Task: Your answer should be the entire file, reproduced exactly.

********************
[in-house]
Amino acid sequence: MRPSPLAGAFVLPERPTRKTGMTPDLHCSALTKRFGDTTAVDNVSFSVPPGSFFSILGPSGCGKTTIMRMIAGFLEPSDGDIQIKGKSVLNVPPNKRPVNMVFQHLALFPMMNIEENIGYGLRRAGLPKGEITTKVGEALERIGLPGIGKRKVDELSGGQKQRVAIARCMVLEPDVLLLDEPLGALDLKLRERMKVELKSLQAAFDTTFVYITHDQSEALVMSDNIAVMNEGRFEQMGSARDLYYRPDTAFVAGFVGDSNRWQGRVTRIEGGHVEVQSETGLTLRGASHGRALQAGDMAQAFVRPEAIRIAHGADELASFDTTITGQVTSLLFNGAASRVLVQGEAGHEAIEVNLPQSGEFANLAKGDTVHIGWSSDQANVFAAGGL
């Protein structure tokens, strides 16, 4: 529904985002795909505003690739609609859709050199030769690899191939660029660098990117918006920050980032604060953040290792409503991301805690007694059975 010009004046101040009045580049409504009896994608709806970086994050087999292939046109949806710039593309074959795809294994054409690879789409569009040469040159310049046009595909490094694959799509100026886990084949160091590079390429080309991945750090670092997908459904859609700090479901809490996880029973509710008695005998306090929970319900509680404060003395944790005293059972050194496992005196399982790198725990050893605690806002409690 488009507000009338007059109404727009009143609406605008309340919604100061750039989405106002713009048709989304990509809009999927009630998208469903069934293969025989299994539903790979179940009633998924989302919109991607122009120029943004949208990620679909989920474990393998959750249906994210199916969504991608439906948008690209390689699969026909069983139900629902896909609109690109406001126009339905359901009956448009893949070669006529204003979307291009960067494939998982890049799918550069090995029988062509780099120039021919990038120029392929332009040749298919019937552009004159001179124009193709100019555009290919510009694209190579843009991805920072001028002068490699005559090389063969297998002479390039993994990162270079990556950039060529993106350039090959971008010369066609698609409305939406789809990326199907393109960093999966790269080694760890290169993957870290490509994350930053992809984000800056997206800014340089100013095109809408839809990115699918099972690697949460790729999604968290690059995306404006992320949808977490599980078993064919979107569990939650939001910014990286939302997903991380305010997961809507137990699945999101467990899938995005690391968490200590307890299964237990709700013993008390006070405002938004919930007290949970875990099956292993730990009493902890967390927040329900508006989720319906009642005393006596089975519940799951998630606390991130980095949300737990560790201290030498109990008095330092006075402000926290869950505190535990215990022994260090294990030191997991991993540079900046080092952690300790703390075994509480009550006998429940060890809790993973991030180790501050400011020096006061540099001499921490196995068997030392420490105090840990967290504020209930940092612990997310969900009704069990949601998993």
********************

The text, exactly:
[in-house]
Amino acid sequence: MRPSPLAGAFVLPERPTRKTGMTPDLHCSALTKRFGDTTAVDNVSFSVPPGSFFSILGPSGCGKTTIMRMIAGFLEPSDGDIQIKGKSVLNVPPNKRPVNMVFQHLALFPMMNIEENIGYGLRRAGLPKGEITTKVGEALERIGLPGIGKRKVDELSGGQKQRVAIARCMVLEPDVLLLDEPLGALDLKLRERMKVELKSLQAAFDTTFVYITHDQSEALVMSDNIAVMNEGRFEQMGSARDLYYRPDTAFVAGFVGDSNRWQGRVTRIEGGHVEVQSETGLTLRGASHGRALQAGDMAQAFVRPEAIRIAHGADELASFDTTITGQVTSLLFNGAASRVLVQGEAGHEAIEVNLPQSGEFANLAKGDTVHIGWSSDQANVFAAGGL
């Protein structure tokens, strides 16, 4: 529904985002795909505003690739609609859709050199030769690899191939660029660098990117918006920050980032604060953040290792409503991301805690007694059975 010009004046101040009045580049409504009896994608709806970086994050087999292939046109949806710039593309074959795809294994054409690879789409569009040469040159310049046009595909490094694959799509100026886990084949160091590079390429080309991945750090670092997908459904859609700090479901809490996880029973509710008695005998306090929970319900509680404060003395944790005293059972050194496992005196399982790198725990050893605690806002409690 488009507000009338007059109404727009009143609406605008309340919604100061750039989405106002713009048709989304990509809009999927009630998208469903069934293969025989299994539903790979179940009633998924989302919109991607122009120029943004949208990620679909989920474990393998959750249906994210199916969504991608439906948008690209390689699969026909069983139900629902896909609109690109406001126009339905359901009956448009893949070669006529204003979307291009960067494939998982890049799918550069090995029988062509780099120039021919990038120029392929332009040749298919019937552009004159001179124009193709100019555009290919510009694209190579843009991805920072001028002068490699005559090389063969297998002479390039993994990162270079990556950039060529993106350039090959971008010369066609698609409305939406789809990326199907393109960093999966790269080694760890290169993957870290490509994350930053992809984000800056997206800014340089100013095109809408839809990115699918099972690697949460790729999604968290690059995306404006992320949808977490599980078993064919979107569990939650939001910014990286939302997903991380305010997961809507137990699945999101467990899938995005690391968490200590307890299964237990709700013993008390006070405002938004919930007290949970875990099956292993730990009493902890967390927040329900508006989720319906009642005393006596089975519940799951998630606390991130980095949300737990560790201290030498109990008095330092006075402000926290869950505190535990215990022994260090294990030191997991991993540079900046080092952690300790703390075994509480009550006998429940060890809790993973991030180790501050400011020096006061540099001499921490196995068997030392420490105090840990967290504020209930940092612990997310969900009704069990949601998993």